In New Zealand, most dairy cows produce milk seasonally for manufacture. Most are milked in spring, summer and autumn, but dried off in winter when pasture production is lower. The seasonal milk production system relies on highly productive, rotationally grazed pasture.
The warm climate and productive pastures in the main dairy farming areas of New Zealand make it possible for herds to graze in pasture year-round; reducing the need for feed supplements including grain.
In New Zealand and Australia the use of hormonal growth promoters (e.g. rBST) are prohibited by regulation. This accounts for more than 95 per cent of the raw milk that we collect.
We do not support the use of hormonal growth promoting substances for increased milk production nor the use of antimicrobials for improved feed conversion efficiency. Antibiotics must be used prudently with the aim to optimise therapeutic efficacy and minimise the risk of development of antibiotic resistance. Fonterra therefore does not support the prophylactic use of antibiotics for dairy production. To achieve this Fonterra is actively developing responsible use strategies with the key stakeholders responsible for the supply and management of antimicrobials.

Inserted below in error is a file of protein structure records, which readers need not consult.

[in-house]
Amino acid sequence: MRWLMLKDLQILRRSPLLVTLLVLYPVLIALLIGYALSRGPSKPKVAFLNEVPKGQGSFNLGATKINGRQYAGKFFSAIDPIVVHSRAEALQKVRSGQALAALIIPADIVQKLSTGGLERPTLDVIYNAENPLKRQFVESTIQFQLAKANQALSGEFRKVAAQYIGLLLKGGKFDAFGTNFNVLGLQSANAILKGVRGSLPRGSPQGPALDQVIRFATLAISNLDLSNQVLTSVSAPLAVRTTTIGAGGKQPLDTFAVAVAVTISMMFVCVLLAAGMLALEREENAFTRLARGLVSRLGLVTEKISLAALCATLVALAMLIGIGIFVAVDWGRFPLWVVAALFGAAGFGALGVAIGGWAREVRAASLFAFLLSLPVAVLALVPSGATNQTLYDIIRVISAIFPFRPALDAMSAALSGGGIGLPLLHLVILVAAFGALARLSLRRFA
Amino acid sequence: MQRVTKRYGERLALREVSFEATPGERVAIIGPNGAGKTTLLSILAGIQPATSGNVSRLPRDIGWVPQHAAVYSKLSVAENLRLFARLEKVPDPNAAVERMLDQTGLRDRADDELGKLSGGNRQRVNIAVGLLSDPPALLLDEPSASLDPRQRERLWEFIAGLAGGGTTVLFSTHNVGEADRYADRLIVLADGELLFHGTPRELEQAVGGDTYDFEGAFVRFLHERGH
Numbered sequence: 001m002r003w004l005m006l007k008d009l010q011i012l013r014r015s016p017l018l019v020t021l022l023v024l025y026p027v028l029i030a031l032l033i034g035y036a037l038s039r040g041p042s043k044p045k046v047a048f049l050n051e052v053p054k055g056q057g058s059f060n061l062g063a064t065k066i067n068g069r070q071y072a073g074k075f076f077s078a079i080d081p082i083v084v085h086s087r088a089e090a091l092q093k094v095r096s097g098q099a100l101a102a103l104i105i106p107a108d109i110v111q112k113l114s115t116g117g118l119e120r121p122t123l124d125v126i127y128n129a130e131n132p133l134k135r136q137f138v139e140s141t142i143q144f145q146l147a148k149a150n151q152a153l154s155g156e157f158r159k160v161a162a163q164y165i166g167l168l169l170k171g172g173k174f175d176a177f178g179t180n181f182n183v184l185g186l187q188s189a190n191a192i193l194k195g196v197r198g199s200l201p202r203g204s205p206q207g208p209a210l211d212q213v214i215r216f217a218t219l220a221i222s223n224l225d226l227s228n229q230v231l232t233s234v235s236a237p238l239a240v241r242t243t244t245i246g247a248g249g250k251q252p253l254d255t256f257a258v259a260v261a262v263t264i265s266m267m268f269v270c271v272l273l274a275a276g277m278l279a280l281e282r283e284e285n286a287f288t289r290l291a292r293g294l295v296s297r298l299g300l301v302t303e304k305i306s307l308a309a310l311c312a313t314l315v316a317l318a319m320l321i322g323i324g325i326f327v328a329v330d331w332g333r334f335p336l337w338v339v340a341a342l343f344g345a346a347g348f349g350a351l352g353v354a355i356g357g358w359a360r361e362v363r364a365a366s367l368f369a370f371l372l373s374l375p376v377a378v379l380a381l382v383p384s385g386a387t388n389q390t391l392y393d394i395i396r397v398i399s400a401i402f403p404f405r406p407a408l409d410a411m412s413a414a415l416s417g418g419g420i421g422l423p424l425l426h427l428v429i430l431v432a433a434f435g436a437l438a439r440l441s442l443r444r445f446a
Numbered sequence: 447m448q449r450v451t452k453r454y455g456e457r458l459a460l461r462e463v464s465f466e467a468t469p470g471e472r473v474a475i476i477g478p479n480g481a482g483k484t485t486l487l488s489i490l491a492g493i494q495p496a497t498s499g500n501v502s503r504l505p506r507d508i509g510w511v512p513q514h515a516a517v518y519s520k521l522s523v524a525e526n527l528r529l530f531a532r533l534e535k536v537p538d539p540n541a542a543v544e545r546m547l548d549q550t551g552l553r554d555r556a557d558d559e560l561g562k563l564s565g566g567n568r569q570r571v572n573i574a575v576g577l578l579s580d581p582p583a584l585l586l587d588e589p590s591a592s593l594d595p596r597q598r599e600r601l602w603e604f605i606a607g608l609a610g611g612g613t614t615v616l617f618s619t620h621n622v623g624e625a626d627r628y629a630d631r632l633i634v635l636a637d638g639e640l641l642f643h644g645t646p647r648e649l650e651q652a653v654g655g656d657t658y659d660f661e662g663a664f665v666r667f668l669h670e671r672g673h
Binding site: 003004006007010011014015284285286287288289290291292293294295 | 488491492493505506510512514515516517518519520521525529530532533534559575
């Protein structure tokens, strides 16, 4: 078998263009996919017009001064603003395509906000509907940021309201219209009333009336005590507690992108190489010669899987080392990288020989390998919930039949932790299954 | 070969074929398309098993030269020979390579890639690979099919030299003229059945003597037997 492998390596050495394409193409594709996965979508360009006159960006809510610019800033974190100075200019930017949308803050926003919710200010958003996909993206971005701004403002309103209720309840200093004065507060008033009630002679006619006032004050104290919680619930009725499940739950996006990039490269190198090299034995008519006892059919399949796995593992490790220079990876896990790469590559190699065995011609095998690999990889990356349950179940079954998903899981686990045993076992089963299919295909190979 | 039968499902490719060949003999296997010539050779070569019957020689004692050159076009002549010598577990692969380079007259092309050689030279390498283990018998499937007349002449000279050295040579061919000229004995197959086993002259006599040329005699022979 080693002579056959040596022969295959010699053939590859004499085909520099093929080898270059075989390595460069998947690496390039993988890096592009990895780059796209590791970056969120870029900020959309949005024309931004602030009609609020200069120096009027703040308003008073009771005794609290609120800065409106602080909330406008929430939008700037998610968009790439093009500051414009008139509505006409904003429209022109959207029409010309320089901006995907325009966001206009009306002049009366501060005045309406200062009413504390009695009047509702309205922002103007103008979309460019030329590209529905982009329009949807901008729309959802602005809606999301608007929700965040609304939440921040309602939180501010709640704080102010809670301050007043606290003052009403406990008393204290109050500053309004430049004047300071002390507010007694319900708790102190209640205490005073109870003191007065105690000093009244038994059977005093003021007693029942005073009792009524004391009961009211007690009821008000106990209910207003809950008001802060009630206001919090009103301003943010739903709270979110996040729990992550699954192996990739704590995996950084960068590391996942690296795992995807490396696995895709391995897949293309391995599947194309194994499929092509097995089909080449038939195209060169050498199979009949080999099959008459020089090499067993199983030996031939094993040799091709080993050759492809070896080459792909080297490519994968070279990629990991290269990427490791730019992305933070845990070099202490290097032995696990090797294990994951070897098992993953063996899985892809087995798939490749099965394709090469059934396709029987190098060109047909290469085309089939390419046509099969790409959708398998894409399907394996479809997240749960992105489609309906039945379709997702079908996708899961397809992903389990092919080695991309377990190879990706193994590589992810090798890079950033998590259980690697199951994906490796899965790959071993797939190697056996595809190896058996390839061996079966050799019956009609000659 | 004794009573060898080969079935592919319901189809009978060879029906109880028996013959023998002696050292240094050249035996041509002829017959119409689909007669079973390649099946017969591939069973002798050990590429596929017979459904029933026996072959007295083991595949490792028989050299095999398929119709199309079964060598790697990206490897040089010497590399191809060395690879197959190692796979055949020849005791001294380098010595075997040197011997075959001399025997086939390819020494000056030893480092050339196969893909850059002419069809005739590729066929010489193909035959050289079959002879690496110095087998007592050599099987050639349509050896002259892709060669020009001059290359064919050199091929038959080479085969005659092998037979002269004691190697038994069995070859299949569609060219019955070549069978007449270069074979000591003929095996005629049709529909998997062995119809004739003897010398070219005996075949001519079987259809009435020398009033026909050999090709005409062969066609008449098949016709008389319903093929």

Tail docking of cattle is not permitted in New Zealand.
Tail shortening is permitted but limited to removal of the last two to three vertebrae of the tail (switch removal). Best practice, which Fonterra encourages, is to only remove the switch on cows where hygiene is compromised and all other options to maintain good hygiene have failed.
As part of our annual farm dairy assessments we ensure that the switch removal practice complies with the Code and have been kept at minimal (should only be carried out as a last resort).
Legislation in New Zealand and Australia requires all animals to be humanely slaughtered. Slaughter carried out at commercial slaughter premises should always be subjected to pre-slaughter stunning.
Fonterra supports this legislation, which accounts for more than 95 per cent of the raw milk that we collect globally.
We currently estimate that more than 85 per cent of the animals producing milk for supply across our international network are free from confinement. All supply bases are subject to audit.
Fonterra aims to avoid tethering wherever possible. If cattle have to be tethered or tie stalled, they must, at a minimum, be able to lie down and stand up unimpeded. Our audit reports of our international milk pools indicate less than 2 per cent of animals are tethered.